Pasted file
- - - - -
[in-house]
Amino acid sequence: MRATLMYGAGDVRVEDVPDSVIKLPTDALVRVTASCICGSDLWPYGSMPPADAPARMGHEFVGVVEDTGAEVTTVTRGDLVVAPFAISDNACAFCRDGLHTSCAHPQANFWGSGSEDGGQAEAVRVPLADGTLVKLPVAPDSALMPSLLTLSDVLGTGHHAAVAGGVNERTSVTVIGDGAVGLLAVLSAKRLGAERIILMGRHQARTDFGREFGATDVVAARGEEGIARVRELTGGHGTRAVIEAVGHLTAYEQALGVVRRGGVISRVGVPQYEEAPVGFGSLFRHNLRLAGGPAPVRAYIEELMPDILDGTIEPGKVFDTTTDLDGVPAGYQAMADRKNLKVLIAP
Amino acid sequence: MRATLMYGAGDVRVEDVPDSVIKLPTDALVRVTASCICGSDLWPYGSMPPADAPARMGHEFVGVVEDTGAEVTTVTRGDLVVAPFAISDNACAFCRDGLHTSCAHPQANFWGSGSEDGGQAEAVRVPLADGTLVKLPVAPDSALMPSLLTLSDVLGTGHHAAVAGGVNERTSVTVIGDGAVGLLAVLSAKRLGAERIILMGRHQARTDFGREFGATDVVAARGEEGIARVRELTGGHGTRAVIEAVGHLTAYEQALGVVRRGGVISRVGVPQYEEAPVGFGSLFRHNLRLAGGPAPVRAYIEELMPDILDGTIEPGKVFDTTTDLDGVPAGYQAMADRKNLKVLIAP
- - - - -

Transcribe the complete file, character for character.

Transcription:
[in-house]
Amino acid sequence: MRATLMYGAGDVRVEDVPDSVIKLPTDALVRVTASCICGSDLWPYGSMPPADAPARMGHEFVGVVEDTGAEVTTVTRGDLVVAPFAISDNACAFCRDGLHTSCAHPQANFWGSGSEDGGQAEAVRVPLADGTLVKLPVAPDSALMPSLLTLSDVLGTGHHAAVAGGVNERTSVTVIGDGAVGLLAVLSAKRLGAERIILMGRHQARTDFGREFGATDVVAARGEEGIARVRELTGGHGTRAVIEAVGHLTAYEQALGVVRRGGVISRVGVPQYEEAPVGFGSLFRHNLRLAGGPAPVRAYIEELMPDILDGTIEPGKVFDTTTDLDGVPAGYQAMADRKNLKVLIAP
Amino acid sequence: MRATLMYGAGDVRVEDVPDSVIKLPTDALVRVTASCICGSDLWPYGSMPPADAPARMGHEFVGVVEDTGAEVTTVTRGDLVVAPFAISDNACAFCRDGLHTSCAHPQANFWGSGSEDGGQAEAVRVPLADGTLVKLPVAPDSALMPSLLTLSDVLGTGHHAAVAGGVNERTSVTVIGDGAVGLLAVLSAKRLGAERIILMGRHQARTDFGREFGATDVVAARGEEGIARVRELTGGHGTRAVIEAVGHLTAYEQALGVVRRGGVISRVGVPQYEEAPVGFGSLFRHNLRLAGGPAPVRAYIEELMPDILDGTIEPGKVFDTTTDLDGVPAGYQAMADRKNLKVLIAP